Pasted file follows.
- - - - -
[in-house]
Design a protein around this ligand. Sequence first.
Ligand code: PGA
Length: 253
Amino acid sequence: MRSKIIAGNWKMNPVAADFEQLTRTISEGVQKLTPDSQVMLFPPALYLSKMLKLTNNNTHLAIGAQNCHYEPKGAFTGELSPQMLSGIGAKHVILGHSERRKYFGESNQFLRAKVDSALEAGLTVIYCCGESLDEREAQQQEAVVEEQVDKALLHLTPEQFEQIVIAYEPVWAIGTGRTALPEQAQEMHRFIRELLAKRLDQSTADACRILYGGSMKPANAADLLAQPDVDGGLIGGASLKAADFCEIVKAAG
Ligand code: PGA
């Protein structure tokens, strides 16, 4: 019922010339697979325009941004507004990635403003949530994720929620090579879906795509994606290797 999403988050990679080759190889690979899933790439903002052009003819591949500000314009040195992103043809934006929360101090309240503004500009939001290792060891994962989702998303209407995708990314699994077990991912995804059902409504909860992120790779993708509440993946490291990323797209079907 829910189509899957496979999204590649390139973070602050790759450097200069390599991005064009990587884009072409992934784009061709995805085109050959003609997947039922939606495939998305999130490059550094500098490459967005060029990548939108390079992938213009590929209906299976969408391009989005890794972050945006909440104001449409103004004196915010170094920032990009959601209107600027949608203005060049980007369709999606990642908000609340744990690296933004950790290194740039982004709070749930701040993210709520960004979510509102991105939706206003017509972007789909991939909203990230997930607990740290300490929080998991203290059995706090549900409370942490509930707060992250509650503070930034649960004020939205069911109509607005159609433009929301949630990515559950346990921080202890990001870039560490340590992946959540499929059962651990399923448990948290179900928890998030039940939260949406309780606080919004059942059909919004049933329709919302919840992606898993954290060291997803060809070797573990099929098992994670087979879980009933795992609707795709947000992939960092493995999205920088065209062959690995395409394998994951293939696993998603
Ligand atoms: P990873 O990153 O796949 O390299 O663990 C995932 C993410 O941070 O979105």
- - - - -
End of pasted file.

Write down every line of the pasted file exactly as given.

[in-house]
Design a protein around this ligand. Sequence first.
Ligand code: PGA
Length: 253
Amino acid sequence: MRSKIIAGNWKMNPVAADFEQLTRTISEGVQKLTPDSQVMLFPPALYLSKMLKLTNNNTHLAIGAQNCHYEPKGAFTGELSPQMLSGIGAKHVILGHSERRKYFGESNQFLRAKVDSALEAGLTVIYCCGESLDEREAQQQEAVVEEQVDKALLHLTPEQFEQIVIAYEPVWAIGTGRTALPEQAQEMHRFIRELLAKRLDQSTADACRILYGGSMKPANAADLLAQPDVDGGLIGGASLKAADFCEIVKAAG
Ligand code: PGA
């Protein structure tokens, strides 16, 4: 019922010339697979325009941004507004990635403003949530994720929620090579879906795509994606290797 999403988050990679080759190889690979899933790439903002052009003819591949500000314009040195992103043809934006929360101090309240503004500009939001290792060891994962989702998303209407995708990314699994077990991912995804059902409504909860992120790779993708509440993946490291990323797209079907 829910189509899957496979999204590649390139973070602050790759450097200069390599991005064009990587884009072409992934784009061709995805085109050959003609997947039922939606495939998305999130490059550094500098490459967005060029990548939108390079992938213009590929209906299976969408391009989005890794972050945006909440104001449409103004004196915010170094920032990009959601209107600027949608203005060049980007369709999606990642908000609340744990690296933004950790290194740039982004709070749930701040993210709520960004979510509102991105939706206003017509972007789909991939909203990230997930607990740290300490929080998991203290059995706090549900409370942490509930707060992250509650503070930034649960004020939205069911109509607005159609433009929301949630990515559950346990921080202890990001870039560490340590992946959540499929059962651990399923448990948290179900928890998030039940939260949406309780606080919004059942059909919004049933329709919302919840992606898993954290060291997803060809070797573990099929098992994670087979879980009933795992609707795709947000992939960092493995999205920088065209062959690995395409394998994951293939696993998603
Ligand atoms: P990873 O990153 O796949 O390299 O663990 C995932 C993410 O941070 O979105």